Thursday, February 18, 2010

No, No, You Go. I Already Had A Bath - Varanasi, Uttar Pradesh

Varanasi is India's most revered city and is the place where people come to obtain moksha, ending the cycle of death and rebirth. If people are unable to get their relatives here to be cremated, they will cremate them elsewhere and make a pilgrimage to Varanasi and scatter their ashes into the Ganga. At over 3000 years the city of Shiva is one of the worlds oldest city's and you definitely feel that as you walk around. It doesn't seem like much has changed in a millennia. Even though the city was destroyed by Mughal invaders leaving present day buildings relativly new at two to three hundred years old, the city still retains an ancient feel to it.

The first couple days here showed only dirt, noise, and people peddling karma at discount prices. Some go so far as to use the crematory grounds as a ruse to pry rupees from your wallet. But as the days wore on I discovered that Varanasi had much more to offer than filth and lies.

The center of life here is without a doubt at the ghats (steps that lead to the Ganga). Early mornings you will find a technicolor array of saris drying on the ghats, people taking puja in the Ganga or chai-wallhas dispensing hot chai to Indians and foreigners alike while the sun quietly rises. In the afternoons the ghats become much more vibrant with children playing cricket, men and women getting their head ritualistically shaved or the myriad of pastel colored boats ferrying people to and fro. In the evenings the ghats become somewhat of a Varanasi club scene as hundreds of worshipers mix with tourists to witness Aarti, the ritual of offering light to a deity while songs of praise are sung by the crowd.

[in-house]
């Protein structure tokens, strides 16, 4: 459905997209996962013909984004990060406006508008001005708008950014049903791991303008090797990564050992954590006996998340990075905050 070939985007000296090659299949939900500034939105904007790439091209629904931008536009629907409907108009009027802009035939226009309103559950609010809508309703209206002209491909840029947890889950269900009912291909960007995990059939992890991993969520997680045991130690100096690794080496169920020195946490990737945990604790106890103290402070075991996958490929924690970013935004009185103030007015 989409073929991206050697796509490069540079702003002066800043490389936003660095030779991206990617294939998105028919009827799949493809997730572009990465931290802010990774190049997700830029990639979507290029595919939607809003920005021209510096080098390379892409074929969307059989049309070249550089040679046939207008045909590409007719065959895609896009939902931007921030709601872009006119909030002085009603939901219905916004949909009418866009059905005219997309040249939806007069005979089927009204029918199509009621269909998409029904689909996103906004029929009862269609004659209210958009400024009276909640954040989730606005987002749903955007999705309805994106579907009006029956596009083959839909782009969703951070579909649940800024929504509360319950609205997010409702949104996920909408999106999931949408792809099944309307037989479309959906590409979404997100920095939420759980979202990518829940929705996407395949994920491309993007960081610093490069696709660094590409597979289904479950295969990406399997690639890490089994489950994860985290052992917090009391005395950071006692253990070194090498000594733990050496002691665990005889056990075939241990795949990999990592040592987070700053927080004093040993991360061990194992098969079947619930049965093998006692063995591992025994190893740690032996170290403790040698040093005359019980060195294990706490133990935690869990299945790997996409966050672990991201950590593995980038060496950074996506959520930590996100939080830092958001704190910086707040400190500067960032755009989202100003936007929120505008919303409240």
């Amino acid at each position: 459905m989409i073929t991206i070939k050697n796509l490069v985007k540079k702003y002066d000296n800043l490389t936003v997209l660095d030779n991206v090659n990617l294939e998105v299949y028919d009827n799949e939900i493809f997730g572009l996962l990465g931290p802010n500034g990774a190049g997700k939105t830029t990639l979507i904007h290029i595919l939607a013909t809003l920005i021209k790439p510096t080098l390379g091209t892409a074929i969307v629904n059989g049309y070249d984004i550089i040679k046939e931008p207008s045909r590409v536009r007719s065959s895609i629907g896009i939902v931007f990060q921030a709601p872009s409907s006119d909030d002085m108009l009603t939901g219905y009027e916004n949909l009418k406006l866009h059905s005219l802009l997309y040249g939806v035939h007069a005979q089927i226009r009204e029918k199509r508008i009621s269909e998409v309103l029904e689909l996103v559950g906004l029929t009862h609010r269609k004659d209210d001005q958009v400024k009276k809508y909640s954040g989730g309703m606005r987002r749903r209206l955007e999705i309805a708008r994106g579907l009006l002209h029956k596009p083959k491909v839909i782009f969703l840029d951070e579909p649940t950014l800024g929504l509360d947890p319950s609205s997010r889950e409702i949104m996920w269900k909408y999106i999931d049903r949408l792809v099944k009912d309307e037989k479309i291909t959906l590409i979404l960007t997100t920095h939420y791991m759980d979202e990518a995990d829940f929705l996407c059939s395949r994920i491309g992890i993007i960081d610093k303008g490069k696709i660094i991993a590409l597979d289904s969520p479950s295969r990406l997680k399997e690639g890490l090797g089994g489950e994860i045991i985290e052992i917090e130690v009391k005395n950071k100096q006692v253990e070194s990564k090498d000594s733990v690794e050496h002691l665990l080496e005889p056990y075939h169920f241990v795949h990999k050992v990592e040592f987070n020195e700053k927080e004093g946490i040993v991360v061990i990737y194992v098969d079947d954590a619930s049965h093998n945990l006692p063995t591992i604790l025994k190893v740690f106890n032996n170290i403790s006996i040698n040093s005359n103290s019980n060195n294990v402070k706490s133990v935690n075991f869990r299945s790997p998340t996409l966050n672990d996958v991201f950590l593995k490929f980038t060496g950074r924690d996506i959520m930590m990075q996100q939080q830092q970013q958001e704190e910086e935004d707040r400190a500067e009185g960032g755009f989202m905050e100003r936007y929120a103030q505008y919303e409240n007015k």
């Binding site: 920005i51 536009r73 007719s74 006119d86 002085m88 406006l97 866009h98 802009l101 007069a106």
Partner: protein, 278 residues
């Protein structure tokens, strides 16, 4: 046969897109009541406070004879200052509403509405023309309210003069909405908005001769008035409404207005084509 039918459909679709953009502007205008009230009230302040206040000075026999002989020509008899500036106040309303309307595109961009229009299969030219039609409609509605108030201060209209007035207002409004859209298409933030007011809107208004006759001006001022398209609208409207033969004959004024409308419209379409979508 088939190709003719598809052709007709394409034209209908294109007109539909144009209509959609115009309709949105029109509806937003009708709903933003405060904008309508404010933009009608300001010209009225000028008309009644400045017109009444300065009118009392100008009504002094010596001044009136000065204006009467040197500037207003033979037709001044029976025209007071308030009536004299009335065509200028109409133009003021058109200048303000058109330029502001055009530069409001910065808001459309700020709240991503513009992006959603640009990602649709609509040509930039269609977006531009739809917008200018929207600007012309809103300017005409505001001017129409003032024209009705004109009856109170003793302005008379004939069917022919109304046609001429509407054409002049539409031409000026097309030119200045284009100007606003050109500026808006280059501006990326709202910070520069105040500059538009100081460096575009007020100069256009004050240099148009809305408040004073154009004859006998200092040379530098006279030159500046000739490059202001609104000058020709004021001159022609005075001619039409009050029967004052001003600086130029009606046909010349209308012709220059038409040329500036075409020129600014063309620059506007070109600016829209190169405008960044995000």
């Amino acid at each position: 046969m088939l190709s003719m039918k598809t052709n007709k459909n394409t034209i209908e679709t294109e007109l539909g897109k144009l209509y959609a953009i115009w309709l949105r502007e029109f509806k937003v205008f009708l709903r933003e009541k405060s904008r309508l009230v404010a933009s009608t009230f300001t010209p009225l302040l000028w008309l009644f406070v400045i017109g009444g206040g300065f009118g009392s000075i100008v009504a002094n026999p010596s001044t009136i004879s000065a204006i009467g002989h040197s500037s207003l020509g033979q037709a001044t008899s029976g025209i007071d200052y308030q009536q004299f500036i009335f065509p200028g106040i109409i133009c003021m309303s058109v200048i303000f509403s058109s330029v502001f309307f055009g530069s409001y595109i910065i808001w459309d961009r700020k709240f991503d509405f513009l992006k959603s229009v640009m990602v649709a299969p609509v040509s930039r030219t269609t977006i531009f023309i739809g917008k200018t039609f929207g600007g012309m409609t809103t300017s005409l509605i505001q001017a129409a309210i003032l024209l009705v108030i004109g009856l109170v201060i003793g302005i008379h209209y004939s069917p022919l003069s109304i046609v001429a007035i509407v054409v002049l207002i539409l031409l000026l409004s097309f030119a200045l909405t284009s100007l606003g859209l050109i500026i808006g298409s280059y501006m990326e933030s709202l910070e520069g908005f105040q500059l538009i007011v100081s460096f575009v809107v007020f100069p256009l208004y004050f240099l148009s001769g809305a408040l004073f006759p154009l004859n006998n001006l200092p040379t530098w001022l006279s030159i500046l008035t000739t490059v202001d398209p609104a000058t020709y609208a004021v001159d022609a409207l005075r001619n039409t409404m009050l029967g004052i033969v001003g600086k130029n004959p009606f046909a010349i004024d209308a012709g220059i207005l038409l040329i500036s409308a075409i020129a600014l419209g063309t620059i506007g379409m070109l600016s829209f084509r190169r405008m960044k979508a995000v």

One of the best ways to discover the city is by boat. With an endless amount of boat men eager for business, I had no problems finding one quickly and at a good price. The hour long ride was relaxing and beautiful as the morning sun cast a golden hue on people bathing, washing and having chai with grand buildings towing behind them.

Varanasi offers a budding photographer like myself infinite photo opportunities. It was definitely the most inspiring place thus far. I never ran out of amazing moments and had to remember to just sit back and relax and soak it in from time to time.

As with most Indian cities the beauty of a place is often over shadowed by a serious environmental problem, and Varanasi is no exception. The Ganga is exceedingly polluted. Most of the towns sewage is dumped directly into the river (a treatment plant was built but because of frequent long blackouts it only works intermittently) along with chemicals, corpses and copious amounts of trash. In spite of all this little is done to change detrimental state of the river. This poses a large risk to the millions that life by its banks.

However polluted the river becomes people still bath, wash cloths and drink the river for its holy and "healing properties." I was shown a wallha who made his chai from river water. Religious lore seems to hijack reason, science and common sense far too often here.

Once again the Indian Organization of Monkeys Tormenting Adrian, or IOMTA, has found me and upped its efforts. Every night outside my guest house a group of monkeys would jump from tin roof to tin roof screeching and calling out my name keeping me up for hours. I think it's time to make an offering to Hunuman the monkey god and try and negotiate a peace treaty. On the plus side, the guest house was run by a wonderful Spanish woman named Maria who is also the head of an amazing NGO called Seeds For Change. Maria gives poor children who can't afford schooling the chance at an education at a decent school. It was a pleasure to meet her and her passion will not be forgotten. I only wish I could have stayed longer.

Good-bye India, good or bad I will always remember you. I'm off to Nepal.

"Take your stinking paws off me, you damned dirty ape!"
George Taylor
Planet Of The Apes

Tuesday, February 16, 2010

A Day In The Life - Rishikesh to Varanasi

This is my 24 hour journey from Rishikesh to Varanasi.